The Perl Book Buying Guide

Title:Perl in a Nutshell: A Desktop Quick Reference
Author(s):Ellen Siever, Stephen Spainhour & Nathan Patwardhan
Audience:Beginner    Intermediate    Advanced    Rating:    
Publication Year:1999Publisher:O'Reilly & AssociatesISBN:1565922867
Comments:General Comments
There is no better way to describe this book than "Perl in a Nutshell"! It seems to very nicely sum up most things Perl, providing a hard-copy alternative to the Perl man pages. Indeed, most of the info can be found in the man pages, so if you're good with using on-line docs for learning or as a reference, then you probably don't need this book.

I do enjoy books, though. Sometimes if all I need to do is look up the arguments for a particular function, then I'll just zip over to the on-line docs. But if I need to refresh myself on something which I use very infrequently, formats for example, then I'd much rather have a book to thumb through. Don't ask me why, it's just the way I am.

In addition to documenting the standard modules, this book also provides some reference for two commonly used modules, CGI.pm and DBI. I'm not partial to either one of those modules myself, but most people use them. If you're looking for in-depth info on CGI.pm, check out Official Gide to Programming with Cgi.pm. Also, there are reportedly two new DBI books due out Real Soon Now.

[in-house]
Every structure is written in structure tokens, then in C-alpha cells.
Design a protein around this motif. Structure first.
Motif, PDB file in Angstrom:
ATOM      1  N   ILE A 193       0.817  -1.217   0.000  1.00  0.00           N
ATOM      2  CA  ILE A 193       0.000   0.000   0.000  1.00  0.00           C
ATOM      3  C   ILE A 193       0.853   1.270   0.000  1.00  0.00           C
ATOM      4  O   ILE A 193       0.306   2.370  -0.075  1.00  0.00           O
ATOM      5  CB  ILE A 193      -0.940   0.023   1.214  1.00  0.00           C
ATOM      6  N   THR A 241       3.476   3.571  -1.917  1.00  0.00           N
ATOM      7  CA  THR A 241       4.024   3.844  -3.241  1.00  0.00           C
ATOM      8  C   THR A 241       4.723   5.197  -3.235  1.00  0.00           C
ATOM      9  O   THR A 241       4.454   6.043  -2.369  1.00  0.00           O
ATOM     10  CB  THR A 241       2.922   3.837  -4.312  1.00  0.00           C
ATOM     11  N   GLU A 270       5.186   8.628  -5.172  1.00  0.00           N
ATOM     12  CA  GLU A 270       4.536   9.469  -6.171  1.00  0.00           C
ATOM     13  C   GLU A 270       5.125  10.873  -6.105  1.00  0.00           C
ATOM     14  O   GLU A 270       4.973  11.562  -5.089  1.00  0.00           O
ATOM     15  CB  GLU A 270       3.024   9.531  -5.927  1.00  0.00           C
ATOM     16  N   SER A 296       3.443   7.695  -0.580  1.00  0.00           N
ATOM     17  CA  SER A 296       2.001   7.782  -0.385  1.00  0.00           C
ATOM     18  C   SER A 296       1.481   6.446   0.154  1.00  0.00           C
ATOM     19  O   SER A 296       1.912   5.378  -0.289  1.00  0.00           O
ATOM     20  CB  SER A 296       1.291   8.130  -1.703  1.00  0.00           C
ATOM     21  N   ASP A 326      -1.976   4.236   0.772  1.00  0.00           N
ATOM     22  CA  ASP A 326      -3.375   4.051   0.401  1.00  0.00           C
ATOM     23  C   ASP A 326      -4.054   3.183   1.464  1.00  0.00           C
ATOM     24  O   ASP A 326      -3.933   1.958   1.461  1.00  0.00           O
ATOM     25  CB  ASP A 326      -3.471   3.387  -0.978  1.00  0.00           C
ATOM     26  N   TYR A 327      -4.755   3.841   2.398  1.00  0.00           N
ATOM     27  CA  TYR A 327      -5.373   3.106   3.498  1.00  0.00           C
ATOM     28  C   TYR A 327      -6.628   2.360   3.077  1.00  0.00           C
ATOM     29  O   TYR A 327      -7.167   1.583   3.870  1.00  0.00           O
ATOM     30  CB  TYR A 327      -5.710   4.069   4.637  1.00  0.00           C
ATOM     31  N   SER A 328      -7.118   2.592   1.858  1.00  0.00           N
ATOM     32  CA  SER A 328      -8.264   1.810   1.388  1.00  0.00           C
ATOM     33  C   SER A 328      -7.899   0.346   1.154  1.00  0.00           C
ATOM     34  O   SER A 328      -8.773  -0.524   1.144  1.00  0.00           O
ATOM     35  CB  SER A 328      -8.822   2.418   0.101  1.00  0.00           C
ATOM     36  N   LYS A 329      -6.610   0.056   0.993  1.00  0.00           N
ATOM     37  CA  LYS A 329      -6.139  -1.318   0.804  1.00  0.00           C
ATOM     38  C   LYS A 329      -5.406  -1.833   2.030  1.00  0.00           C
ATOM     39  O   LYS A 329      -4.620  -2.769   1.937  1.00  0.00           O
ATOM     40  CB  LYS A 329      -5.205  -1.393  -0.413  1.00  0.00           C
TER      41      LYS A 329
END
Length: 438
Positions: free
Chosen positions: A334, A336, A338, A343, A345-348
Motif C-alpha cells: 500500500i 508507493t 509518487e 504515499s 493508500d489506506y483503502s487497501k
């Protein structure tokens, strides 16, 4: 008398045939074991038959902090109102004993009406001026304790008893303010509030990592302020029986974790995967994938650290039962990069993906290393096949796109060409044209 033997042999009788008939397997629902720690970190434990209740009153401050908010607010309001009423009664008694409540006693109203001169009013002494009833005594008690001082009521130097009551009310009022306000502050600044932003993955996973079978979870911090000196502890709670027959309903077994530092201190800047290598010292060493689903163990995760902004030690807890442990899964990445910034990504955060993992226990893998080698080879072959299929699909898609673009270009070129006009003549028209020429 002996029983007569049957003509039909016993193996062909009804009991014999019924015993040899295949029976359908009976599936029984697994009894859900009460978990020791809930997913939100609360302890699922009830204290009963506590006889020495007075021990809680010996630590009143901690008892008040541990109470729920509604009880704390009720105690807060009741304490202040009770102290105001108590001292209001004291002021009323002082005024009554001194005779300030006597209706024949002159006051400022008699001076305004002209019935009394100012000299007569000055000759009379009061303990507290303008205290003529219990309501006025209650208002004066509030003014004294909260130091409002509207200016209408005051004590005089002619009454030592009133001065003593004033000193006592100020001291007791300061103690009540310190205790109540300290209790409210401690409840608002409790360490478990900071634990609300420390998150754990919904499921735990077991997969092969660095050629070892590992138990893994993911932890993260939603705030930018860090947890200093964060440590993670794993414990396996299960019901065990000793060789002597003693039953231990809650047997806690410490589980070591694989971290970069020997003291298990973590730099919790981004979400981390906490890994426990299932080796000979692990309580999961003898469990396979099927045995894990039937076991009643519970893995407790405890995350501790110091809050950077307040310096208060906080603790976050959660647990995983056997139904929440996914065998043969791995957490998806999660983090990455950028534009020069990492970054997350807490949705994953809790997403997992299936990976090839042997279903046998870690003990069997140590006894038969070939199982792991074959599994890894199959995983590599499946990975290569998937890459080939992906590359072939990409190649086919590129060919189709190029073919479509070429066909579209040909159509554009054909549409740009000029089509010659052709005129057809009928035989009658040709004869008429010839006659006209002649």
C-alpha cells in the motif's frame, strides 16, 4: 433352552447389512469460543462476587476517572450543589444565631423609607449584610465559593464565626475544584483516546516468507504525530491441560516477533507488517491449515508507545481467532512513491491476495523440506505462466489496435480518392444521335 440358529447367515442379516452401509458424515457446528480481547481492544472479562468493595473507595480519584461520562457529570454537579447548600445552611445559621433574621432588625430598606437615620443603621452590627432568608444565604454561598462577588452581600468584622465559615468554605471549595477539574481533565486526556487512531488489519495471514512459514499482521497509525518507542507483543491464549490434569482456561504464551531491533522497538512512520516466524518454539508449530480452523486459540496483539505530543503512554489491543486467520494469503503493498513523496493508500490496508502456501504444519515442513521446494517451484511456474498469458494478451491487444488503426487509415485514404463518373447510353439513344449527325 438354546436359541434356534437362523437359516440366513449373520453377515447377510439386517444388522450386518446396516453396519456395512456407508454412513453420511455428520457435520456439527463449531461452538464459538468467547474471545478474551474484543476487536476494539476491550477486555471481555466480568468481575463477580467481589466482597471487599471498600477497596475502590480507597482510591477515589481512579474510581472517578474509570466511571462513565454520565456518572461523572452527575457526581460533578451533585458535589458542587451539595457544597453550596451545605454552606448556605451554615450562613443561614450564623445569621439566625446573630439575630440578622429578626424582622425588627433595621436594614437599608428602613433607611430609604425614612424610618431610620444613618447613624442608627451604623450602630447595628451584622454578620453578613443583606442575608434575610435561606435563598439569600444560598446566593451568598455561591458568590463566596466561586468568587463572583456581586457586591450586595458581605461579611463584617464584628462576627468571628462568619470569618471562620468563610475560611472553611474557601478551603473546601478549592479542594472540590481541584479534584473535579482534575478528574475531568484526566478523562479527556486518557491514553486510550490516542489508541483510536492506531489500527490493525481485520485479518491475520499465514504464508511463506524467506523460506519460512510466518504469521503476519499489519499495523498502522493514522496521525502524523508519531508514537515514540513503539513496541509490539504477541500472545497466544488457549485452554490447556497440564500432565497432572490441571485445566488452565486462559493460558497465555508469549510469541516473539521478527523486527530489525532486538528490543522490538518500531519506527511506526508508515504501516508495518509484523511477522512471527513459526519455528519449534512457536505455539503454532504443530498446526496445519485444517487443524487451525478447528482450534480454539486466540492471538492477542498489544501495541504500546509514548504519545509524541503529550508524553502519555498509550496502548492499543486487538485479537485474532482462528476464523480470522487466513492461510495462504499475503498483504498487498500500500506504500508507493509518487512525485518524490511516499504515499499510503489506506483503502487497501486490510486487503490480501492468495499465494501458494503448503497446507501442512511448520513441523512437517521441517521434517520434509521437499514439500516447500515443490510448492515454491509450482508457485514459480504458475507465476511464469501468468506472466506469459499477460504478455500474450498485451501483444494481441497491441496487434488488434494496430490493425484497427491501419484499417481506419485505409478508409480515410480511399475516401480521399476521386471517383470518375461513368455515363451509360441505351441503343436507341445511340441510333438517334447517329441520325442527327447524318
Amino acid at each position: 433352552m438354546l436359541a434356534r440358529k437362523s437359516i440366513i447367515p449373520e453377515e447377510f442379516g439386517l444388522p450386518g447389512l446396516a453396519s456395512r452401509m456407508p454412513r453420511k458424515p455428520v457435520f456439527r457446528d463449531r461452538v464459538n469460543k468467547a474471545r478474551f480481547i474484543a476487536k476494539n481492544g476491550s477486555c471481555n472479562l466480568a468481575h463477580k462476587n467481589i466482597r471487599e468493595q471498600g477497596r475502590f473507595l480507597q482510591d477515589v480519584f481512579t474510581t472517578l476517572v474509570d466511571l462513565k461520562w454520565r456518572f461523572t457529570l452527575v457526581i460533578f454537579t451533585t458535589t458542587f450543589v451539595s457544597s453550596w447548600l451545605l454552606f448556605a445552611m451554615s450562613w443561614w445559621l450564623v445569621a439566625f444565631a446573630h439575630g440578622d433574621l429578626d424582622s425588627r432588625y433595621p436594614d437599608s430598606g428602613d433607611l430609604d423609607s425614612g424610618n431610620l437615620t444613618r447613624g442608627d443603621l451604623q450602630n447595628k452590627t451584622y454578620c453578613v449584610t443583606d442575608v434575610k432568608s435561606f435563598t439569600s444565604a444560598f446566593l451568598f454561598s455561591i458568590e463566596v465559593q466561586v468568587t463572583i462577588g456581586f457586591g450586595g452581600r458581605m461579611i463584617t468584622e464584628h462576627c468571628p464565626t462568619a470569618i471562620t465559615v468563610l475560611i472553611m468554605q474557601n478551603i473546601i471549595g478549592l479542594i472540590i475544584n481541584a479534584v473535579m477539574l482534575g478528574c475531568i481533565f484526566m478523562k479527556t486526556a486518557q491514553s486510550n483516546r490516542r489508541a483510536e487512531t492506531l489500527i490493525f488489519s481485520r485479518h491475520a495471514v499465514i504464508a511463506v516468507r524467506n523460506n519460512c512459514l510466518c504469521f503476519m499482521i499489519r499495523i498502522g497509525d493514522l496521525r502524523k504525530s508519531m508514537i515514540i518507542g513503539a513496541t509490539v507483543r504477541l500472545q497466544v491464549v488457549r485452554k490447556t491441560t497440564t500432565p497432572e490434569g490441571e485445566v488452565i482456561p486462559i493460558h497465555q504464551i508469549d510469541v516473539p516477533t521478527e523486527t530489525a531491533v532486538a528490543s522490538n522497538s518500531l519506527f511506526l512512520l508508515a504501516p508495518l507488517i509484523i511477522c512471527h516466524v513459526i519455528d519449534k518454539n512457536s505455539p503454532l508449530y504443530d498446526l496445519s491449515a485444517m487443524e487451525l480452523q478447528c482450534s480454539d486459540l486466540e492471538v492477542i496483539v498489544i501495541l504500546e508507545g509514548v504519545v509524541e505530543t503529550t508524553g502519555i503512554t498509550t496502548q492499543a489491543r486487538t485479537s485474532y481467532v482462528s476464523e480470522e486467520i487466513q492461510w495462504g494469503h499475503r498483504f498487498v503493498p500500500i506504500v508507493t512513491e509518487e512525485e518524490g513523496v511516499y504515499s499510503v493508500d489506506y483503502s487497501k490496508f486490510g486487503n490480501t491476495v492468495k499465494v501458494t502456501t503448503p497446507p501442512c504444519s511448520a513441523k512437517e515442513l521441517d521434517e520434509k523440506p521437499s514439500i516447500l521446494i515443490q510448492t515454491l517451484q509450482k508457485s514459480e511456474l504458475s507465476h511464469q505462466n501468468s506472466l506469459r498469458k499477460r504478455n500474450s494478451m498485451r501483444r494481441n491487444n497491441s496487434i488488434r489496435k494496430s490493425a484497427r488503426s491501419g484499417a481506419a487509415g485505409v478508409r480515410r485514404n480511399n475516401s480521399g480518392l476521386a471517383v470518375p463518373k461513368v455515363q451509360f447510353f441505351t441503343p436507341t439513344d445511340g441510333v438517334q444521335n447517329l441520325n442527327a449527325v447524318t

Finally, the book ends with decent reference sections for Network Programming (sockets, FTP, HTTP, email, etc.), Perl/Tk and Win32 specific modules. It explains some aspects of the topic at hand with a 1/2 page or two pages of text, but mostly it show the methods and fuctions with their arguments, and a brief description. More detailed references exit for the Win32 modules (Win32 Perl Programming) and one on Perl/Tk is due out sometime soon..

Description

Beginner
Just as with Programming Perl, though, this book is only good for beginners who are familiar with programing in general and common Unix tools (sed, awk, grep, etc.). For example, the Regular Expressions section never really explains what they are and why you would use them; it merely tells you what tools are available and how to use them. If you're comfortable with your other programming skills and are a good self-learner, this is a good book. If not, then I'd suggest one of the Learning books instead (Learning Perl or Learning Perl on Win32 Systems).

Intermediate & Advanced
Rating Scale:  = = Not Recommended,       = = Excellent!

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Copyright © Joseph L. Casadonte Jr. 1998-9. All rights reserved.
The Perl Book Buying Guide - Perl in a Nutshell / 06 September 1999 / joc@netaxs.com

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